Then again, he realized it might take time for him to adjust to a new swing.
“I’m changing the whole path of the swing,” Woodland said. “I’d like to be ready for Augusta.”
Woodland already has gone through substantial changes off the course. When he left agent Blake Smith at Hambric Sports, he also wound up losing his swing coach – Randy Smith, the agent’s father. He left Kapalua at the start of the year and flew to Las Vegas, where he spent six consecutive days with Butch Harmon.
That he wants to be ready for the Masters Tournament would indicate an overhaul. Harmon says that isn’t the case.
“He’s been pretty one-dimensional,” Harmon said Tuesday. “We’re getting him to move the ball around, change his trajectory a little, change the setup and the path of his swing and get more of a variety of shots, which he needs to have. We knew he wasn’t going to be very good last week. Finally, the last nine holes things were starting to click. But it’s going to take a while.”
Harmon, who has cut down on his stable of clients over the year, now works with Woodland, Dustin Johnson, Nick Watney and Phil Mickelson.
Asked who was the shortest hitter from that group, Harmon said, “Me.”
BEGAY TO BE HONORED: Notah Begay has been selected for the Charlie Bartlett Award, given by the Golf Writers Association of America to a professional golfer for unselfish contributions to improve society.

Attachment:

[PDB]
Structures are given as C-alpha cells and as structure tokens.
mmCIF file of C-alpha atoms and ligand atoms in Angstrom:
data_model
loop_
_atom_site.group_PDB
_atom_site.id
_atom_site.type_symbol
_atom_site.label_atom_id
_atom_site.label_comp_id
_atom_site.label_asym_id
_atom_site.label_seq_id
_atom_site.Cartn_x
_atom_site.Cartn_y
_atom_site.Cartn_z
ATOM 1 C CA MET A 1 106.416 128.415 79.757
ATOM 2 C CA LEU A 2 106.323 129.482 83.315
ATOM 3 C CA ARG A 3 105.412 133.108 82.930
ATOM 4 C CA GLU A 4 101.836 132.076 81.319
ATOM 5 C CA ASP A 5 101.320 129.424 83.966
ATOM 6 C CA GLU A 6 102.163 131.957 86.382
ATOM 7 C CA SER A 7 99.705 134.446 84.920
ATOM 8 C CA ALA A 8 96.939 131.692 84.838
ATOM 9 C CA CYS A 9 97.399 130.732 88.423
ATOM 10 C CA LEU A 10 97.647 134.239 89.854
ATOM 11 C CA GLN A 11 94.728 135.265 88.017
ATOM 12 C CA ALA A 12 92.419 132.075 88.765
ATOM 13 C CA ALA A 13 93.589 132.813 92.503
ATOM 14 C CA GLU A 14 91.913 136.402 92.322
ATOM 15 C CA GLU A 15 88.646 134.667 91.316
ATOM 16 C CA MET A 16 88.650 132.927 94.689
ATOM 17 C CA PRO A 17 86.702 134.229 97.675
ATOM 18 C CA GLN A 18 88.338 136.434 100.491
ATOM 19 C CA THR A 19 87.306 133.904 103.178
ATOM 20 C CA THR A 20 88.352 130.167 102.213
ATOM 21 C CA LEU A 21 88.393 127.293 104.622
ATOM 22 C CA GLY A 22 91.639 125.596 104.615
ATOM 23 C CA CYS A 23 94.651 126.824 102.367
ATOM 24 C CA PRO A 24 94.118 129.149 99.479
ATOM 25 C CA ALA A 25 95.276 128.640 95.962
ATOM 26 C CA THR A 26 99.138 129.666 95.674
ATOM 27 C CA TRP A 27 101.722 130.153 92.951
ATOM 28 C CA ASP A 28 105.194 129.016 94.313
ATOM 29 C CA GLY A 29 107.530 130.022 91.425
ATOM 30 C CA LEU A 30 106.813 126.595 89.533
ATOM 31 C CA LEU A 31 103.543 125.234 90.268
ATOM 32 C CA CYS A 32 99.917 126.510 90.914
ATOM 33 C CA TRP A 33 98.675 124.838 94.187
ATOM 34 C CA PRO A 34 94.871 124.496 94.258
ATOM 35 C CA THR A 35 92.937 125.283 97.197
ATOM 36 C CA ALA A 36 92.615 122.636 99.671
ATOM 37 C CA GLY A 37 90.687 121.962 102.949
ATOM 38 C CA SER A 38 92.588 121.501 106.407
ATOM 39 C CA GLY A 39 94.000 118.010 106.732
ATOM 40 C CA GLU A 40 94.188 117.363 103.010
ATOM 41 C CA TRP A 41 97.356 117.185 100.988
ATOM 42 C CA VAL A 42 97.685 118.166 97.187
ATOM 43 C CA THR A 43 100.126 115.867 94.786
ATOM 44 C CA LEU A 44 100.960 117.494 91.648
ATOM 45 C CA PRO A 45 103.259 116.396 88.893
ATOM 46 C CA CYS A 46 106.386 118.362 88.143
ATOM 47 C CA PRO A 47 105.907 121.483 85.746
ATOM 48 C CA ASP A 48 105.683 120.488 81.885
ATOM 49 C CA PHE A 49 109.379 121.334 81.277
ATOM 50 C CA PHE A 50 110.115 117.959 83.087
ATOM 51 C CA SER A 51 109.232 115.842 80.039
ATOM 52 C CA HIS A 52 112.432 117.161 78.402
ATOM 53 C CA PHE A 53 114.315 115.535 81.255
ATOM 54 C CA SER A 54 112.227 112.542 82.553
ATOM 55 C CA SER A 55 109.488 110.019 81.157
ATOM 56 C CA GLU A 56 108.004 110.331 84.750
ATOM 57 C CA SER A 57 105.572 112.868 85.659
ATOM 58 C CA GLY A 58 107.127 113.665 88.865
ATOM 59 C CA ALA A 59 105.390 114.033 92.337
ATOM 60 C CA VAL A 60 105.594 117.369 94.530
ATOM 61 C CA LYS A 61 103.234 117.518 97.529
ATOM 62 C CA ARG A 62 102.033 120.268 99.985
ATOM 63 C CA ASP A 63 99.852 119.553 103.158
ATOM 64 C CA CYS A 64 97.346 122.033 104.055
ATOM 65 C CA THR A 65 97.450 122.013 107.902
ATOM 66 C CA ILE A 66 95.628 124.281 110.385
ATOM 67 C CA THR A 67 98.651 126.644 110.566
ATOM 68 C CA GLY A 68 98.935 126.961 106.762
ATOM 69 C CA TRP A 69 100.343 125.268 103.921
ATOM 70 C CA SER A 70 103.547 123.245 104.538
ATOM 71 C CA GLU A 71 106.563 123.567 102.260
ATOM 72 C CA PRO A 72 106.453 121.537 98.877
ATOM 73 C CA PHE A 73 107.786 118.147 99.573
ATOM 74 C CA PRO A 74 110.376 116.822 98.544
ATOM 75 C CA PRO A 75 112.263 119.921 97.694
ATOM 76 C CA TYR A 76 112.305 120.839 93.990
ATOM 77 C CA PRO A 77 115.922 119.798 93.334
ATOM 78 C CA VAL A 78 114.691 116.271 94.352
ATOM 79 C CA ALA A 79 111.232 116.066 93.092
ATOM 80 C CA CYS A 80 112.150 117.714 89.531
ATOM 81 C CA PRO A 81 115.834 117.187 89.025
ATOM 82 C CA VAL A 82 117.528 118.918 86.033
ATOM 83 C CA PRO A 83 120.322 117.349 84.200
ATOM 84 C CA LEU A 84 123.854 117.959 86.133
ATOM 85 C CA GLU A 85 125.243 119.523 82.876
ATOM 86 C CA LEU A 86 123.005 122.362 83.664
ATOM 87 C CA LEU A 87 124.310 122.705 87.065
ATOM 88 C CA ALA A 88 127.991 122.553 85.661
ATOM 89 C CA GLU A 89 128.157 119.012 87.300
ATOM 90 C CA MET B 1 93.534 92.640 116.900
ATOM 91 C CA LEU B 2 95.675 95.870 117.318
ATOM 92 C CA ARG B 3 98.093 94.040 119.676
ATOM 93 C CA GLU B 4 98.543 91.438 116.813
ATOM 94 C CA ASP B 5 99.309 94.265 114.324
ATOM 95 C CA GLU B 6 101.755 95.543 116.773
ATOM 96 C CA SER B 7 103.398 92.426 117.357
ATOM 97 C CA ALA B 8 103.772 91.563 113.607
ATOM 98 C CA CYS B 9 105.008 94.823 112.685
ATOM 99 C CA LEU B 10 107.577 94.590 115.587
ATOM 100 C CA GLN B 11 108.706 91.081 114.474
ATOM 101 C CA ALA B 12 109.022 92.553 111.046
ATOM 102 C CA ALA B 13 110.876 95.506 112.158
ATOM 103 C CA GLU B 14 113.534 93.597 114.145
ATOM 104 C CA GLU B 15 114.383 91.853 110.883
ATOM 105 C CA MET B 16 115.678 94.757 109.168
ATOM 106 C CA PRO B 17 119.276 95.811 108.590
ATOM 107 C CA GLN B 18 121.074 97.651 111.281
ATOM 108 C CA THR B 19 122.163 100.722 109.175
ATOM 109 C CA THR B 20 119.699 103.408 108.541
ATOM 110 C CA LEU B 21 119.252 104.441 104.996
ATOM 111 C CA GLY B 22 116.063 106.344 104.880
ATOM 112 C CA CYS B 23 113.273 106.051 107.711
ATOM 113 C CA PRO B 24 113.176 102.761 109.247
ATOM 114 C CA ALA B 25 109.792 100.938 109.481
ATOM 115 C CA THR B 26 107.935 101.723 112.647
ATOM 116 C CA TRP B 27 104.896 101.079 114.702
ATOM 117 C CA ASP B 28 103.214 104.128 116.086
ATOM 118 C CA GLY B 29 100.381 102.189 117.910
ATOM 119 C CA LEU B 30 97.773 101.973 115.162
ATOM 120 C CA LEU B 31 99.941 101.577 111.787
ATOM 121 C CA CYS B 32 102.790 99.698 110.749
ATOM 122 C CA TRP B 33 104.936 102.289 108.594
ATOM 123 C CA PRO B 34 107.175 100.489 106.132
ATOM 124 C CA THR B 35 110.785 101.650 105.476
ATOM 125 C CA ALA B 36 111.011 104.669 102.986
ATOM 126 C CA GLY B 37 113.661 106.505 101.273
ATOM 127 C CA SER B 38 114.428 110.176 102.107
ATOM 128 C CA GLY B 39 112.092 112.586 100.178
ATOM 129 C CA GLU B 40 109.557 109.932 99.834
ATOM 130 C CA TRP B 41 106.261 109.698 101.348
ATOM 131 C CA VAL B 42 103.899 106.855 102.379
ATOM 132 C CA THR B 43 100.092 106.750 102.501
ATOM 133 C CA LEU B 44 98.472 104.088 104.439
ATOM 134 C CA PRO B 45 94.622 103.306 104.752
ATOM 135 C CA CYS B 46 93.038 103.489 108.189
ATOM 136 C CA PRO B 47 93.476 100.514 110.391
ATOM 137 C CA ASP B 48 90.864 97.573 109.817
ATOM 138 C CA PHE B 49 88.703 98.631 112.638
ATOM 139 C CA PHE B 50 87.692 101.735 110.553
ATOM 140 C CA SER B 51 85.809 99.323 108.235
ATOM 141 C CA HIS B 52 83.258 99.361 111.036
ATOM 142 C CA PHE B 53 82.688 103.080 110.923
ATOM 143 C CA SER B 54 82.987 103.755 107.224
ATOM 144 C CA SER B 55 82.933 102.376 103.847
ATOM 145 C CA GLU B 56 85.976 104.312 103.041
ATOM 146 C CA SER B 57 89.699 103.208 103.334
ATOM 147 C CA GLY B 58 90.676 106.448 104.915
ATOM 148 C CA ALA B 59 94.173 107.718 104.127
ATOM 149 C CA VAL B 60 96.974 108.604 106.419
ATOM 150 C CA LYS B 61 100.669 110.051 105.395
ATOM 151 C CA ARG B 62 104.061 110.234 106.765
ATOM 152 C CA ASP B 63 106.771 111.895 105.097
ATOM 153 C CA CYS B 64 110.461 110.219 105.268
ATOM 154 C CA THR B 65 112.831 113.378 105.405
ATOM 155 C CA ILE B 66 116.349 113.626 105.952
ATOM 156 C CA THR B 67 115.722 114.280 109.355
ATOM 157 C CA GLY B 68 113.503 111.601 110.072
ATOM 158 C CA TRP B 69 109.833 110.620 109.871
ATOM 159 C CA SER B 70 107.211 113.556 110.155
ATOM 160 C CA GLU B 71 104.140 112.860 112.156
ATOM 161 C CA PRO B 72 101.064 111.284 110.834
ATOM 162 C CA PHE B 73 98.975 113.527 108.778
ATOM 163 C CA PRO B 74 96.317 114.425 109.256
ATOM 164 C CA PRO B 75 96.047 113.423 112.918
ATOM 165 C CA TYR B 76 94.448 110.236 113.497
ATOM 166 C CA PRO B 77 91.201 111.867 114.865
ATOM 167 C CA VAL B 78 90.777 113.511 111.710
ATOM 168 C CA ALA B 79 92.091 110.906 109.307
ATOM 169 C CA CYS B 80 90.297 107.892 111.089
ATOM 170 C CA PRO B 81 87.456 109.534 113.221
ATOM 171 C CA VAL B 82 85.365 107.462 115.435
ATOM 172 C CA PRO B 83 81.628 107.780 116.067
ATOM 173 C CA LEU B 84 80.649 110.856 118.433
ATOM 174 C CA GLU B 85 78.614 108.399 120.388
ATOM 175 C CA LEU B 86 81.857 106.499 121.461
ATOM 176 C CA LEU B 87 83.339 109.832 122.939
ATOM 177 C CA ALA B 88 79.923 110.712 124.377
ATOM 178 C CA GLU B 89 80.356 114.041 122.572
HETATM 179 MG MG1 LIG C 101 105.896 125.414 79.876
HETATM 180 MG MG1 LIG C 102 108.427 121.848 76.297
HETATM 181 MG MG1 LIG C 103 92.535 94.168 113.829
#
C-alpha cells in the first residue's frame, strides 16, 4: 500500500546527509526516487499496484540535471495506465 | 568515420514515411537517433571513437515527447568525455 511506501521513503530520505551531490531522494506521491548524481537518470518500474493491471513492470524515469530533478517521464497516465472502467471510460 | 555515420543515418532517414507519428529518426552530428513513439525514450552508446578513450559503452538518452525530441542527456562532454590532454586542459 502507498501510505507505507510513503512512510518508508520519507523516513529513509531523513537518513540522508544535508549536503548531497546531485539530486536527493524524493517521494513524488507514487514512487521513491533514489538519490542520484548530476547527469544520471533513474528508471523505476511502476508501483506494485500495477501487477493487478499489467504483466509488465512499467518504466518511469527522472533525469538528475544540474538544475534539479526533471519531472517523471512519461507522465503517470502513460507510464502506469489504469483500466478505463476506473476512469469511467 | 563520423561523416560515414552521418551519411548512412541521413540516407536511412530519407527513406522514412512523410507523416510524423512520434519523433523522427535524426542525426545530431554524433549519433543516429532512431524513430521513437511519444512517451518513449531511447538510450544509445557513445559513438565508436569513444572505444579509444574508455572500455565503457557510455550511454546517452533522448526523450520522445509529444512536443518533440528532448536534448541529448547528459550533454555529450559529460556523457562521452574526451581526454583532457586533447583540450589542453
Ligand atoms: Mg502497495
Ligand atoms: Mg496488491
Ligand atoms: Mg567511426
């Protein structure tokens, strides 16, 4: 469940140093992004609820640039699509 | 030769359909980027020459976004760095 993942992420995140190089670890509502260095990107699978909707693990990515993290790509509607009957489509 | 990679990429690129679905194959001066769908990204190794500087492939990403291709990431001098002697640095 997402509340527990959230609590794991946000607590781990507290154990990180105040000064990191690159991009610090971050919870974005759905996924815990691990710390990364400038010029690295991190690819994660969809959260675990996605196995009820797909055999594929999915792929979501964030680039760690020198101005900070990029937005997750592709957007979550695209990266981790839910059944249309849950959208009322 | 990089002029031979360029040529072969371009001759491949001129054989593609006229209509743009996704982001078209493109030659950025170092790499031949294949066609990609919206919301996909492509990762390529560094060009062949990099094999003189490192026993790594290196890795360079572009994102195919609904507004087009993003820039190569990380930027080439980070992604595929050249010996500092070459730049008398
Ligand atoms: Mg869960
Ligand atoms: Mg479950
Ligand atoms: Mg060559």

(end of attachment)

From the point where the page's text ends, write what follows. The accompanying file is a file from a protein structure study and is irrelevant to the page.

Begay is the only full-blooded Native American to win on the PGA Tour. He founded the Notah Begay III (NB3) Foundation in 2005 to battle the epidemic of childhood diabetes and obesity among Native Americans.
He has raised more than $3.2 million in three years through his charity golf event.
Over the past three years, the foundation has reached more than 10,000 children in 11 states through golf, soccer, health and wellness and grant programs.
Begay will be honored April 4 at the GWAA’s annual awards dinner in Augusta on the eve of the 76th Masters.
MICKELSON AT TORREY: Phil Mickelson might get a chance to redo Torrey Pines – the North Course, anyway.
The San Diego Union-Tribune reported Tuesday that Mickelson has offered to waive his design fee if given a chance to refurbish the North Course.
The newspaper said he met with Mayor Jerry Sanders during the Farmers Insurance Open last week and is putting together a preliminary proposal on how to renovate the 55-year-old course.
The South Course is the more famous of the two and hosted the 2008 U.S. Open.
The North Course is about 600 yards shorter and played three shots easier during the tournament last week.